Obviously, this strategy should be used selectively. If your little one is doing something destructive or harmful, you’ll want to stop them in their tracks.
Use Natural or Logical Consequences
When you punish your child constantly, they start regarding you as the enemy. Worse, they might not understand why they’re getting punished if it’s unrelated to the misbehavior.
So rather than spend a whole hour going back and forth or arguing with your child, allow the natural/logical repercussions to unravel.
Are they refusing to wear their winter coats when it’s raining or snowing? Allow them to step out and get rained or snowed on. They won’t walk more than a few meters before returning to the house to retrieve their winter coats.
In some situations, there aren’t any natural repercussions for their wrongdoing. So instead, you should reason out with them and come up with some logical consequences.
Does your child always forget to put back their puzzle pieces in the toy bag? Let them know that the next time you step on one or come across one, you’ll put it in the garden shed instead of their toy bin.
Use Positive Reinforcement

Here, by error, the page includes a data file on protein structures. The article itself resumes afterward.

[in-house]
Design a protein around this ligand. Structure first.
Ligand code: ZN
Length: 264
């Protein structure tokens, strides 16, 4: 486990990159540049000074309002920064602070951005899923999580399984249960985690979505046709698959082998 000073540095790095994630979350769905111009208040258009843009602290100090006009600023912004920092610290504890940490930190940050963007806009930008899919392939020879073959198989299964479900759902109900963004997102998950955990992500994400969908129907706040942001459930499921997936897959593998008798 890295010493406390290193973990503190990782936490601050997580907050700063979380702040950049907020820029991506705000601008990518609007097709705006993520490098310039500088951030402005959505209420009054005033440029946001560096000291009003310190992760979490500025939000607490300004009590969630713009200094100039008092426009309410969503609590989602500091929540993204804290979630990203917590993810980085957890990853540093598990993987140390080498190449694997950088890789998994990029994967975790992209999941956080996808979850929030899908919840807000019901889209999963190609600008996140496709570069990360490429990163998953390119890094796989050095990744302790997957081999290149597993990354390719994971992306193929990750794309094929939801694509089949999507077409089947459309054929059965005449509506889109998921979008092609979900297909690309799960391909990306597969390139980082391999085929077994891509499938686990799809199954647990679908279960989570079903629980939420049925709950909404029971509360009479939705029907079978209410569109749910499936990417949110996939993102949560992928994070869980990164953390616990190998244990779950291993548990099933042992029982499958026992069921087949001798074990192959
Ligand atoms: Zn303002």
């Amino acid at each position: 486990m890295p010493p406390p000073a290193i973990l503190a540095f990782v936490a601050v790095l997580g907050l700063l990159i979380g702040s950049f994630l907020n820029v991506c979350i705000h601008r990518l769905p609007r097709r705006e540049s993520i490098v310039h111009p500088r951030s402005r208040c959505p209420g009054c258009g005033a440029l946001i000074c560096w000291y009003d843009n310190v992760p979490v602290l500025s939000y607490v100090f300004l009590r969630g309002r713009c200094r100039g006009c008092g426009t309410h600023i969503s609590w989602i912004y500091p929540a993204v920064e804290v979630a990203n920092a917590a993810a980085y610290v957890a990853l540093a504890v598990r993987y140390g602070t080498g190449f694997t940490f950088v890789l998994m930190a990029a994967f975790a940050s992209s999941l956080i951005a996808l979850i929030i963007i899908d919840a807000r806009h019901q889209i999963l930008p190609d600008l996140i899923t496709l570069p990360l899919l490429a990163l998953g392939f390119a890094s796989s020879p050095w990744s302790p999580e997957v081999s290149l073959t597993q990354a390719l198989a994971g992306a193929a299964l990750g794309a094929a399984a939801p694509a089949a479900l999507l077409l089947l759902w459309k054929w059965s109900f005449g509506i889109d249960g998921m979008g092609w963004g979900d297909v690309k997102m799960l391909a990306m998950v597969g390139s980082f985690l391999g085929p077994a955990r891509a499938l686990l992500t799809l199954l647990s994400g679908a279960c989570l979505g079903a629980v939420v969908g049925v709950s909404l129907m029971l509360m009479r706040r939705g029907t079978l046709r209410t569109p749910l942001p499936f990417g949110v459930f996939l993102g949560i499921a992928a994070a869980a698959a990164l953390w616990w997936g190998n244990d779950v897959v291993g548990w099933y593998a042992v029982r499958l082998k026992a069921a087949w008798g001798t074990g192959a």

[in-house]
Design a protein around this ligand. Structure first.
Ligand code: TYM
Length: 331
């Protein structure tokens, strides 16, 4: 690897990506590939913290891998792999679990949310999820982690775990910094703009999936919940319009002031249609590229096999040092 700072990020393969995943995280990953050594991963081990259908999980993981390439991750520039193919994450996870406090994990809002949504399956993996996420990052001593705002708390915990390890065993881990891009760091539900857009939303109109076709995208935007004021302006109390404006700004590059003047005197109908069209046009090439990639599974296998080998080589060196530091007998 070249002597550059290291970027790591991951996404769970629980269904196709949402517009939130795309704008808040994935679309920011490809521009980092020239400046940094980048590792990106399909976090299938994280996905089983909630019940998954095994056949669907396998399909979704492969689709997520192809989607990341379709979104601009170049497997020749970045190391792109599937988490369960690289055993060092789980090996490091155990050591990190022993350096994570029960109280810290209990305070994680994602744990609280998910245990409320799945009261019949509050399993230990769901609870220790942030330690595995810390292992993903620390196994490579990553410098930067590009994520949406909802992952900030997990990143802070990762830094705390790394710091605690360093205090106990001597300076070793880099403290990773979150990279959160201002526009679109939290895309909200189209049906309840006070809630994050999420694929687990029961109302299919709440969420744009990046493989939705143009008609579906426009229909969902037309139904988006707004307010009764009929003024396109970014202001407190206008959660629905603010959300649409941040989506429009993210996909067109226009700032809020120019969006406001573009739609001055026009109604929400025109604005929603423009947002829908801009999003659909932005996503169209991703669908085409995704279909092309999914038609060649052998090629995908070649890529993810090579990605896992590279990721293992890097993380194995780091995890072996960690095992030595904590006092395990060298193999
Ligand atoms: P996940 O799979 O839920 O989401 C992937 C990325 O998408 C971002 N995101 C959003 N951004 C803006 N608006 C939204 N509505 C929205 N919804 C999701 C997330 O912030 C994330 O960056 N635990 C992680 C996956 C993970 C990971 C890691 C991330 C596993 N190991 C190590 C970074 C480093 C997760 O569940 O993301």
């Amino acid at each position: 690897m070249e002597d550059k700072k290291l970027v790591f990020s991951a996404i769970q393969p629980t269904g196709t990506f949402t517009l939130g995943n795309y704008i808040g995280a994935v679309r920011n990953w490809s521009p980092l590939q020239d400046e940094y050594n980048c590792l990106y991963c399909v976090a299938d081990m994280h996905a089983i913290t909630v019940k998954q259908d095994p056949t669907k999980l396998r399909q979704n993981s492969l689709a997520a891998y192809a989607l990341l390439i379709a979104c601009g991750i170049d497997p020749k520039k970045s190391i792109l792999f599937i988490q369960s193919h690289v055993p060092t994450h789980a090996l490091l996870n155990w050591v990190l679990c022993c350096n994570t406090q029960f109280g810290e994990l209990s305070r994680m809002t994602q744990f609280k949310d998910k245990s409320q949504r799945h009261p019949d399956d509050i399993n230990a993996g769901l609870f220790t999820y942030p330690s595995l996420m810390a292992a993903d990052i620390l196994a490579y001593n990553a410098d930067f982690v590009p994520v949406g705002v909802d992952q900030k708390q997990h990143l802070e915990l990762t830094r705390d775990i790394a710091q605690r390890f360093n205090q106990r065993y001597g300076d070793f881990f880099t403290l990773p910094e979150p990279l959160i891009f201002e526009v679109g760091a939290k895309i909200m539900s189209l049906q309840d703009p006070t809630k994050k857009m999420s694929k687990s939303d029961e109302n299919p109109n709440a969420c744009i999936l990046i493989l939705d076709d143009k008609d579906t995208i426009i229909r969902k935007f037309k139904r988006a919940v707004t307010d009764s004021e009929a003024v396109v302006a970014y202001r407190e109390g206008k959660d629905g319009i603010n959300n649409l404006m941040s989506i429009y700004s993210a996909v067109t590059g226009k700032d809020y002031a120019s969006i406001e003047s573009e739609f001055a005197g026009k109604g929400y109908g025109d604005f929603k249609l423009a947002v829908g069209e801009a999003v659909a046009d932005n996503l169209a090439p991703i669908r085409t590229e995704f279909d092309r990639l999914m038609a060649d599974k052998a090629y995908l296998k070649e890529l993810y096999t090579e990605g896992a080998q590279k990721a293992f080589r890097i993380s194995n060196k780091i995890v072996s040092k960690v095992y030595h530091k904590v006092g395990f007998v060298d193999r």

As a parent, it’s easy to focus on all the wrong things your child does. As a result, you’ll always be upset and this can strain your relationship. Instead, take note of their good behavior as well.
Did your child remember to do all their chores before playing video games? Let them know that you recognized it. Did they put away all their toys before going to bed? Be sure to acknowledge their good deed.
Do you know what’s even better than acknowledgement? Reward! For example, if your little one requests to play for ten more minutes with their friends, there’s no need to say no.
They could have easily thrown a tantrum. Instead, they decided to ask nicely. Reward such positive behavior by granting them additional time.
I get it. When your child incessantly asks for something or refuses to comply with your request, the last thing on your mind is offering them more options. But here’s why it works: it gives your child a false sense of control. And there’s nothing they want more.
Let’s say that your child is refusing to take their evening bath. Instead of having a back-and-forth argument, ask them whether they’d like their bedtime story before or after the bath.
So rather than responding to your child’s resistance with aggression, you’re acknowledging their feelings and letting them know they have control to a certain extent.
In modern-day parenting, the best way to discipline your little ones is to encourage good behavior. On the surface, this might not seem as effective as punishing them. But several studies have found that corporal punishment affects kids physically and emotionally.
Instead, you should consider positive parenting for toddlers and beyond. A good example is to redirect them from negative behavior to positive one.
You can also offer them options, which gives them a feeling of control. Or, resort to positive time-out and selective neglect. At the same time, exercise positive reinforcement by acknowledging and/or rewarding good deeds.